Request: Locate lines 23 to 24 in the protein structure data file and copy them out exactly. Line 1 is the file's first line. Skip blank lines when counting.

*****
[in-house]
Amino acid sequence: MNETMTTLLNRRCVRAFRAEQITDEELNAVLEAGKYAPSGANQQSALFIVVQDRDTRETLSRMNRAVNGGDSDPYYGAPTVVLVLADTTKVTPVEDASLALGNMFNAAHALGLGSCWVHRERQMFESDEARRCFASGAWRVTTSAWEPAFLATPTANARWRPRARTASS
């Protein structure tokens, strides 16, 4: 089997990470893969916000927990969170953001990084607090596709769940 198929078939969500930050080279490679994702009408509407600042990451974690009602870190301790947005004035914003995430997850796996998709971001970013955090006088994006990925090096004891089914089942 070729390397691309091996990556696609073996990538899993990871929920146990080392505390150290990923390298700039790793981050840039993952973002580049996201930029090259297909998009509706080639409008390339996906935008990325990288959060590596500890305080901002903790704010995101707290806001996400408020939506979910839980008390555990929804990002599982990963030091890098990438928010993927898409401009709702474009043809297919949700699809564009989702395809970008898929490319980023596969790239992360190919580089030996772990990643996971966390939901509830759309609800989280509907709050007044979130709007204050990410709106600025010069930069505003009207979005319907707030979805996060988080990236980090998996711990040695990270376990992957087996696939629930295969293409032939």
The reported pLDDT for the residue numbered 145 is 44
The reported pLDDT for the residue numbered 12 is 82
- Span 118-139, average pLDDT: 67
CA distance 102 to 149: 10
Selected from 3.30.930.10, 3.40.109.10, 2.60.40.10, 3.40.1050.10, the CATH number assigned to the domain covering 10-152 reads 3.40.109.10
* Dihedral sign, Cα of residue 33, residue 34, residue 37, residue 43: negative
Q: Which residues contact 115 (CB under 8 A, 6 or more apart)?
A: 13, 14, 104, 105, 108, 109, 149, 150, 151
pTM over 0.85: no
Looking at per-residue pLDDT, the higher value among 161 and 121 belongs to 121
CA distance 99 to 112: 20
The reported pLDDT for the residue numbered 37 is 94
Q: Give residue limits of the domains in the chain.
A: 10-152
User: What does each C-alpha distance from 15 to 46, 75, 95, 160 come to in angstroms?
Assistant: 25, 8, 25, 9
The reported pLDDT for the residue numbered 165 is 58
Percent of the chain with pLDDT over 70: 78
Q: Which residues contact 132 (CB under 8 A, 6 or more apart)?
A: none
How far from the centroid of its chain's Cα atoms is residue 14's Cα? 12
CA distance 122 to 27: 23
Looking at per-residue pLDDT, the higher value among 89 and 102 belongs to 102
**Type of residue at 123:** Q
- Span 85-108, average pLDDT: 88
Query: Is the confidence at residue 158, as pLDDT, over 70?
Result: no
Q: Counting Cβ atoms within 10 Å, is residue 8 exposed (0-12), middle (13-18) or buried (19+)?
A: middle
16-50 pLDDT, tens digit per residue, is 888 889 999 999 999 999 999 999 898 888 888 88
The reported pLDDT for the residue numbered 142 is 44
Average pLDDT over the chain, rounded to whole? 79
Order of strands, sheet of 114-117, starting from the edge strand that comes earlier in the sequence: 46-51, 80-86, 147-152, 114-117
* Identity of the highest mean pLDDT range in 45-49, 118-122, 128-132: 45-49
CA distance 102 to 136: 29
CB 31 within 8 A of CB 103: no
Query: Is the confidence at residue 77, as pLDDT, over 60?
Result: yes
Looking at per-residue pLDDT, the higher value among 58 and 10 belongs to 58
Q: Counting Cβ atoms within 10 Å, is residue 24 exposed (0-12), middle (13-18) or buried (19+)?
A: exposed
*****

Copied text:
A: none
How far from the centroid of its chain's Cα atoms is residue 14's Cα? 12